The Friday Five

Five Ways to Leverage Silence

By | Feb.13.15 | Daily Dispatch, Productivity, The Friday Five, Time Management

Friday Five

The modern world is a raucous symphony of noise. The squawks and pings of mobile devices are only the latest additions to a cacophony of rings, bells, announcements, conversations and other noises producing distractions, even stress, in our daily professional lives. Interestingly, getting things done — being productive — is largely a result of silence. In fact, the quieter we can make our internal and external worlds, the more productive we become.

Here are five ways to leverage short periods of silence during the frenetic day.

1. Engagement. When we listen more and talk less, our worlds are quieter. Instead of pushing noise out into the world, we can listen to what’s going on in it. More importantly, we can listen more closely to what others are saying. The more we listen (and hear) what others say, the more engaged they become. More engaged people need less motivation and guidance from us.

2. Negotiations. Negotiations are ostensibly about finding a mutually agreeable solution. Unfortunately, they tend to devolve into verbal justifications for the position taken. Alternatively, we often seek to shorten the natural course of a negotiation by continuing to give ground throughout the process — more talking! The best negotiation strategy is to state a position, then remain quiet until the opposing side has responded to that position. If they refuse to respond, suspend the negotiation and get on with more productive work.

3. Transition. Transitioning from one environment to another — work to home, home to work — is a terrific time to collect our thoughts and relish any silence we can find. Turn off the radio in the car, turn off the TV at the house, turn off the iPod during the commute. Walk, sit or drive free from self-induced noise and allow the relative silence to collect and organize the day just finished or just beginning.

4. Rest. Create quiet times throughout the day to rest and rejuvenate. The mind is a function of the brain. The brain is an organ of the body. All body parts need rest and recharging. Even a short rest is an excellent way to recharge the mind throughout the day.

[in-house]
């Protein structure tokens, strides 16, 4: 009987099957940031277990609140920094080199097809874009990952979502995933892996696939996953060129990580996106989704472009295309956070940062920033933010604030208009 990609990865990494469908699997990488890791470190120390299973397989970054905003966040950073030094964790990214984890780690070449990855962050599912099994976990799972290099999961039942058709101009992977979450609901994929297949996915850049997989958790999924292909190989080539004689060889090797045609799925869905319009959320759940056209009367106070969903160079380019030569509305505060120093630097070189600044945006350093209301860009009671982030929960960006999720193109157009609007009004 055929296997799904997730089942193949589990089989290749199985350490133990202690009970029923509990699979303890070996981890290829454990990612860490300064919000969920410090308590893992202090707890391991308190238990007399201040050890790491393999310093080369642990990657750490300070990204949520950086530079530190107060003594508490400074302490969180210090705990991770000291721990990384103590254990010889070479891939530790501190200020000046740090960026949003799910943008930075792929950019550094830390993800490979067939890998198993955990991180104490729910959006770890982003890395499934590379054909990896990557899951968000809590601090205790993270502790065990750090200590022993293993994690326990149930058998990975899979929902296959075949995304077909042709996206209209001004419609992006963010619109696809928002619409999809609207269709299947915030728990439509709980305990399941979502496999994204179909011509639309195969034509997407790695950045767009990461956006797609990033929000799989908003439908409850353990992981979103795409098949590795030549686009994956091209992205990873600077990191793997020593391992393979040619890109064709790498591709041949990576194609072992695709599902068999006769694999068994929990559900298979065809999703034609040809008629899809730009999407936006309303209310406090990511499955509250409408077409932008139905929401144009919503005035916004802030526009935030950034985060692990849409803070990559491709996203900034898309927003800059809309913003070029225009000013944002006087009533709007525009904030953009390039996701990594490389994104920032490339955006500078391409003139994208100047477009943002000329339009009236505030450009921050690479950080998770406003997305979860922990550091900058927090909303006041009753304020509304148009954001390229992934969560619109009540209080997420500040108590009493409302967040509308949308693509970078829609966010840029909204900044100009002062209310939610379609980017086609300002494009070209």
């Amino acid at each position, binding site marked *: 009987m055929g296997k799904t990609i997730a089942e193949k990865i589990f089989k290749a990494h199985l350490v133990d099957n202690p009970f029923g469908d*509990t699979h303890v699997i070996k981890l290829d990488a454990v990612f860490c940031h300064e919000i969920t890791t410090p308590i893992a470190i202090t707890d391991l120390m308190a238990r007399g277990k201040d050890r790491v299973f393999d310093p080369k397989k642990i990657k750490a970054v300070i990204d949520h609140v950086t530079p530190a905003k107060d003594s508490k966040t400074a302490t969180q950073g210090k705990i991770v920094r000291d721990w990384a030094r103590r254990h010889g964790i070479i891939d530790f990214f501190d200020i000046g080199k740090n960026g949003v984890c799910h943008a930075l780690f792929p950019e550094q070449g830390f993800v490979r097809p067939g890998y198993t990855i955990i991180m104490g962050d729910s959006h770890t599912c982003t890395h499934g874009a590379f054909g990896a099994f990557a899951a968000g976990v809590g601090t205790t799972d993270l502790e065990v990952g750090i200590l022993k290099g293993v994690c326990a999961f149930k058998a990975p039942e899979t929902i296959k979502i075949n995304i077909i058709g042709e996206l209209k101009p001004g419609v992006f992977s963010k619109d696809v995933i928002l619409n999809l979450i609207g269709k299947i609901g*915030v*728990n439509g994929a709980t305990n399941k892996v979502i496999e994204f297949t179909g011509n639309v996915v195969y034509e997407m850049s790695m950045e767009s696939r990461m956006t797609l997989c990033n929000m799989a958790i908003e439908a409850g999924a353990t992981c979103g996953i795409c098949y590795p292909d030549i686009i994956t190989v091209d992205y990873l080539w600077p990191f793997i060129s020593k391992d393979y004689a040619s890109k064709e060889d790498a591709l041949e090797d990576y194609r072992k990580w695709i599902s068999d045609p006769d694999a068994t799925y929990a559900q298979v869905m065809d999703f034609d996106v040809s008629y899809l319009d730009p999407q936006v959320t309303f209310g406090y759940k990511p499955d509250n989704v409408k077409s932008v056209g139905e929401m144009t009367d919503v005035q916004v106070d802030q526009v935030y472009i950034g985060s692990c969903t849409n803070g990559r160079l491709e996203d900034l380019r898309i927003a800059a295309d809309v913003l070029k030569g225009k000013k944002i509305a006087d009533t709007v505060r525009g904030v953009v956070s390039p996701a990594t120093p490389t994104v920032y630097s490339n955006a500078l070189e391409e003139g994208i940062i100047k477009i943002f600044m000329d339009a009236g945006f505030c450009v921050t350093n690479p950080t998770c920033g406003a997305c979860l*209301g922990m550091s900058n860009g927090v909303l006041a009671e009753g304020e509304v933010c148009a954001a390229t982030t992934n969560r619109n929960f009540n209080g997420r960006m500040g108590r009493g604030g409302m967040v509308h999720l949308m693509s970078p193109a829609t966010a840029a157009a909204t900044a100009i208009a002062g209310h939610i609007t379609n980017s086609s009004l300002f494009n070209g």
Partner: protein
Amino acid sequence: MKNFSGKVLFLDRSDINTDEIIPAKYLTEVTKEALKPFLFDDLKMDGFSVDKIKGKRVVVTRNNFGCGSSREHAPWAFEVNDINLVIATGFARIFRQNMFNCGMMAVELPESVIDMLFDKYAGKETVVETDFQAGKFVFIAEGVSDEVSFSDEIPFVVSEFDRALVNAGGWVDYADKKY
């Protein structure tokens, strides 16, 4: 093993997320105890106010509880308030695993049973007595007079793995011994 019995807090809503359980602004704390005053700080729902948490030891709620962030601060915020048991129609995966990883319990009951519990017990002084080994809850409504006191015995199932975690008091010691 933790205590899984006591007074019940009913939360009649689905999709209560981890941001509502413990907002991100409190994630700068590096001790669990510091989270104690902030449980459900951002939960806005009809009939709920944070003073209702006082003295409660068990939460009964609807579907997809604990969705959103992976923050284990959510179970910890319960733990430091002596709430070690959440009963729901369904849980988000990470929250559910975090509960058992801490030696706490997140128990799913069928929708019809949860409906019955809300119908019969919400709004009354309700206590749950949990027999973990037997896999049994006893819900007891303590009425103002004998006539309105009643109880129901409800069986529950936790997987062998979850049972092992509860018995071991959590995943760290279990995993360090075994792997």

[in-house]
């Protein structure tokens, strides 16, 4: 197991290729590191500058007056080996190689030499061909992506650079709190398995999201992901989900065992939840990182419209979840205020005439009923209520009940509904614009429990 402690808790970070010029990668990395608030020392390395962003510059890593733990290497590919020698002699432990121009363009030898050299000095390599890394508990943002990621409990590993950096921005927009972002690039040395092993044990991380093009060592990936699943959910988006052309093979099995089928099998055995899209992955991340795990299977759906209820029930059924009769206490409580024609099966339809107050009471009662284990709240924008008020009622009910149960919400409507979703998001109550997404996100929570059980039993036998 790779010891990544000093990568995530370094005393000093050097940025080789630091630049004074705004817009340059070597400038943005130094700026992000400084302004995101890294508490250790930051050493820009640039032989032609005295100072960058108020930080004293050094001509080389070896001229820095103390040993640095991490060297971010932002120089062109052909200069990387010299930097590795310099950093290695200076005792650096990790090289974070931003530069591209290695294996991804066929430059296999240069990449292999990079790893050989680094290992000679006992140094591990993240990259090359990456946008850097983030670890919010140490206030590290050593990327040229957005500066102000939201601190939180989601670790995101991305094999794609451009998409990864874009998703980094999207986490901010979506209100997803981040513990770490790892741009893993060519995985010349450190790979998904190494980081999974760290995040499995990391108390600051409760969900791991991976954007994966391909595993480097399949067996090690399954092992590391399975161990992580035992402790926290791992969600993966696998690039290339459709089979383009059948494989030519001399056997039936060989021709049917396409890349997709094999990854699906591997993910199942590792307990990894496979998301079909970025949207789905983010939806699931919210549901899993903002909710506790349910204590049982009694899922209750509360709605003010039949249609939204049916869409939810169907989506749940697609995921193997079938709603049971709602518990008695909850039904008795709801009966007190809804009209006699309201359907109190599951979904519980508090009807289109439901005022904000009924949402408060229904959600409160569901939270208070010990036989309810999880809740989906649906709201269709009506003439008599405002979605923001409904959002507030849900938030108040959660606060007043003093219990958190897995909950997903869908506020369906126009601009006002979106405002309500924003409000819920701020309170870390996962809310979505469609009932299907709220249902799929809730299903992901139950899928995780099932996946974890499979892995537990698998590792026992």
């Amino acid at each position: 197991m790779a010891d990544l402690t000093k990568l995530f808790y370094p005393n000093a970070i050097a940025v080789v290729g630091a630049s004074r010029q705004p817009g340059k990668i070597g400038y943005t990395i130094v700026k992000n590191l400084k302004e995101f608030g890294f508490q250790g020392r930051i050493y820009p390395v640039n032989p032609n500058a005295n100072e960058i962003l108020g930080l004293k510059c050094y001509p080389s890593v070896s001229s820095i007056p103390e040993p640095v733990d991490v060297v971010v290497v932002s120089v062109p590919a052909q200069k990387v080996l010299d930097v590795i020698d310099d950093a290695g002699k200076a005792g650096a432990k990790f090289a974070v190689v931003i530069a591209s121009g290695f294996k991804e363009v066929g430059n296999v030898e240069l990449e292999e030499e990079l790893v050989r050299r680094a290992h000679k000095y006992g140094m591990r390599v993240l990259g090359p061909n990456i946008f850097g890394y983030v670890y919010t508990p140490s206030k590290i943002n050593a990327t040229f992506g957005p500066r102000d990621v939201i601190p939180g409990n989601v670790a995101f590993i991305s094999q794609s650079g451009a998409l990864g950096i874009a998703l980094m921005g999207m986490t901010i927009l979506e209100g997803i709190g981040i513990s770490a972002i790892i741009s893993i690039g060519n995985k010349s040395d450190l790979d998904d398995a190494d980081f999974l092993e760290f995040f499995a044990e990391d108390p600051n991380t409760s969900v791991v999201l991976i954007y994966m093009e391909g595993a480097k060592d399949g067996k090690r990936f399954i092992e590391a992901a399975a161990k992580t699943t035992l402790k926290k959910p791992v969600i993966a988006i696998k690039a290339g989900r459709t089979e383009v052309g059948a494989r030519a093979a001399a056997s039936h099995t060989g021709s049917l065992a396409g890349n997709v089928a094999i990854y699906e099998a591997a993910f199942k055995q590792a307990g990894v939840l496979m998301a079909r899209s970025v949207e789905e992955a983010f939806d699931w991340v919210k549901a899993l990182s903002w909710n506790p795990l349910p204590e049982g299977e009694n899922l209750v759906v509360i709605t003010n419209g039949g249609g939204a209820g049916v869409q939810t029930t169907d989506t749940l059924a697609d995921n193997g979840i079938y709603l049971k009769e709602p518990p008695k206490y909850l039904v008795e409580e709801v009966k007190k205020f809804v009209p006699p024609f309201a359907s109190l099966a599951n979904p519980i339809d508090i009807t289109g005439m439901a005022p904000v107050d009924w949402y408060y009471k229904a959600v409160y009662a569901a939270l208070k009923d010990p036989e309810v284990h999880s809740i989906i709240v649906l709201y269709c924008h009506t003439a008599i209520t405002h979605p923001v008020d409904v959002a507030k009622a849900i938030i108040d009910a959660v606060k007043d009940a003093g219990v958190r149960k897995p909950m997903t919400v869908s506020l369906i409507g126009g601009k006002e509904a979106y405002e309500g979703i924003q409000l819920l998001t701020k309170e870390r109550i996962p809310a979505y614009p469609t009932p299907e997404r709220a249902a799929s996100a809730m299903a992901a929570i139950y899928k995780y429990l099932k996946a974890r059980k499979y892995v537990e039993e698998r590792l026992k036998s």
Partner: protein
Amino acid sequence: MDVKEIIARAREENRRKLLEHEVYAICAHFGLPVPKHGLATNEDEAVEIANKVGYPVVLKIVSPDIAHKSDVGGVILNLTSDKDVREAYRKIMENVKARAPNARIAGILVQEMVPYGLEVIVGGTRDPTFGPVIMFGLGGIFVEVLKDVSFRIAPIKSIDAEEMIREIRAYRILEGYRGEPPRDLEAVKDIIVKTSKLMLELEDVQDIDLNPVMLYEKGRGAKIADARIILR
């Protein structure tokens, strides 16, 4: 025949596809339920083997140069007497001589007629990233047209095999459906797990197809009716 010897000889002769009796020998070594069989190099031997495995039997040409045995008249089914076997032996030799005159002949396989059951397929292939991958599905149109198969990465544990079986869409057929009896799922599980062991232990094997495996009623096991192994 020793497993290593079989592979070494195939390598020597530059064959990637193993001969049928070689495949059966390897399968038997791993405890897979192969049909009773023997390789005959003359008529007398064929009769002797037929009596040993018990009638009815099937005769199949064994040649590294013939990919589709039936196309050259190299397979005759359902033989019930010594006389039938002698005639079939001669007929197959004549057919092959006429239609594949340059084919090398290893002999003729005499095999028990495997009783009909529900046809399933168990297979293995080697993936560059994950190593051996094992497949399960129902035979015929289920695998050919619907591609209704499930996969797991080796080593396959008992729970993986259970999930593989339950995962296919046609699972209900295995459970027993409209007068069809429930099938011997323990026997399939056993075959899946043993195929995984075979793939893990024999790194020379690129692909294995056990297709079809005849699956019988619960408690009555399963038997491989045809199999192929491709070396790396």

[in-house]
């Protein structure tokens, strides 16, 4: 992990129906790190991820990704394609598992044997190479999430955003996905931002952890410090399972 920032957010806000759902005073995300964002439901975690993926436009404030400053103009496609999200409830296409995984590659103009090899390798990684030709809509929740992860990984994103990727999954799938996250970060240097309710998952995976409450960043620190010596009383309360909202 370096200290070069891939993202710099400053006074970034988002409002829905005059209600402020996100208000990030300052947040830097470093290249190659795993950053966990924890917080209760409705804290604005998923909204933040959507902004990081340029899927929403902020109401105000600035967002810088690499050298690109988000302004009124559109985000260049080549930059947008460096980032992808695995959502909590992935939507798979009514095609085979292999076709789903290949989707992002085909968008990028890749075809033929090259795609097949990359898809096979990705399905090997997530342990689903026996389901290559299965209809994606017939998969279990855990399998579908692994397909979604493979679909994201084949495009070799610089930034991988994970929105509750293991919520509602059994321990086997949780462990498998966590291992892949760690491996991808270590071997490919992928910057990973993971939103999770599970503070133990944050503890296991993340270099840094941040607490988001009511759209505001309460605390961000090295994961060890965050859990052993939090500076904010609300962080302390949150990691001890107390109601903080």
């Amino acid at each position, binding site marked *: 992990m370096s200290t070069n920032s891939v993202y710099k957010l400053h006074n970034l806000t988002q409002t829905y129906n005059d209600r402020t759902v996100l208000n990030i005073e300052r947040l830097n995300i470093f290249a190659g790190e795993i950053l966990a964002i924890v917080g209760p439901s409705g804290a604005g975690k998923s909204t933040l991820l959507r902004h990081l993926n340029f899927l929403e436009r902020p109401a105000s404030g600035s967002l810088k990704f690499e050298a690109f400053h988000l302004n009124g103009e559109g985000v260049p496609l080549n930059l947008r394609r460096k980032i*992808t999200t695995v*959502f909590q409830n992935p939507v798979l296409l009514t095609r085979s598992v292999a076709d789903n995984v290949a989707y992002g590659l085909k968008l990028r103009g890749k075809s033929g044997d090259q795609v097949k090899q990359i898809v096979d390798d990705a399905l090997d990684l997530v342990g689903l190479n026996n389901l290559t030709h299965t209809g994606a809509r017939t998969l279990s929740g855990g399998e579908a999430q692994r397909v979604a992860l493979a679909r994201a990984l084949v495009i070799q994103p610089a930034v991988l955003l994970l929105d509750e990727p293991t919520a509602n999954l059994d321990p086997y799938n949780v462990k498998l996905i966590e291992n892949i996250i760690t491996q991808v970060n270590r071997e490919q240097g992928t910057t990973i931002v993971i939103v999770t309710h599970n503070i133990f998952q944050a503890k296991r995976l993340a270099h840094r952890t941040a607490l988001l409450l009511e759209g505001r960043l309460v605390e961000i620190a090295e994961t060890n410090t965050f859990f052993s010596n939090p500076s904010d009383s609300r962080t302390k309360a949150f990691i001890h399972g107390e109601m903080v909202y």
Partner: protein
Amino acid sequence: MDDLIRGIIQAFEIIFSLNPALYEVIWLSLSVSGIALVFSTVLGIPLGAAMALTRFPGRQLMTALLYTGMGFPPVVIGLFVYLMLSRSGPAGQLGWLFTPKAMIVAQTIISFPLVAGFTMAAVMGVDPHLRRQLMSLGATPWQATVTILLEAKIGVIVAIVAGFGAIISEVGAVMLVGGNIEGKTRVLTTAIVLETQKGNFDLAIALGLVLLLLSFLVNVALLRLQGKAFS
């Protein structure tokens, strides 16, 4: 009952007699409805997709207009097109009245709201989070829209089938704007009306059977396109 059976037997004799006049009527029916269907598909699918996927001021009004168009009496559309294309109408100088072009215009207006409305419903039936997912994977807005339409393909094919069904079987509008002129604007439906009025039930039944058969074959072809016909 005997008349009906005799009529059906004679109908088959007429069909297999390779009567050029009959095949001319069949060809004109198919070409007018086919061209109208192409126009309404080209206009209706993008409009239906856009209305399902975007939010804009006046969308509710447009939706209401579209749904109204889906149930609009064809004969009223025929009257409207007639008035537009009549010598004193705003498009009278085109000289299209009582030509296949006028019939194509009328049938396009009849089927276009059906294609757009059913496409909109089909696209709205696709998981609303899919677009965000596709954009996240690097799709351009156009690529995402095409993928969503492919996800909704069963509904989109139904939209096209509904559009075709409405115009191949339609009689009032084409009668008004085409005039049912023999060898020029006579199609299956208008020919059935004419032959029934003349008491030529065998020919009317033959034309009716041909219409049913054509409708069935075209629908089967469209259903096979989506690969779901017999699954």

5. Productivity. As mentioned above, productivity comes from focused effort. Focus is best achieved when our internal and external worlds are as quiet as possible. Find ways to quiet down your spaces — close the door, turn off new message alerts, sequester yourself in an empty office. These small slices of silence will increase productivity, as well as your sense of well-being.

Silence is an underrated productivity tool. We often mistake noisy activity for solid productivity. The truth is that the more ways we leverage silence, the more truly productive we become.

Paul H. Burton is a recovering corporate finance attorney who helps people regain command of their day. As a nationally recognized time management expert, he regularly speaks to audiences about getting more done and enjoying greater personal and professional satisfaction. He is the author of five books on individual and leadership productivity. Learn more about Paul and his practice at and follow him on Twitter @QuietSpacing.

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2 Responses to “Five Ways to Leverage Silence”

  1. Julian Summerhayes
    13 February 2015 at 5:27 am #

    I think we have to go much further with silence. It’s not just about less talking etc but more to understand the inner voice that so hurts us. How many firms have invited their employees to explore Eastern or Western faiths or spirituality which lies at the bedrock of the current drive to embrace mindfulness? None to my knowledge. I would encourage everyone who reads this comment to read at least one book by Thomas Merton which I believe would sit wonderfully with the idea of silence.


  2. Paul H. Burton
    13 February 2015 at 3:38 pm #


    I agree that we can all use more time looking inward and asking the really hard questions about our lives and our work. Finding quiet time in the day/week/month is valuable both from a professional standpoint and a personal one.

    Thanks for participating.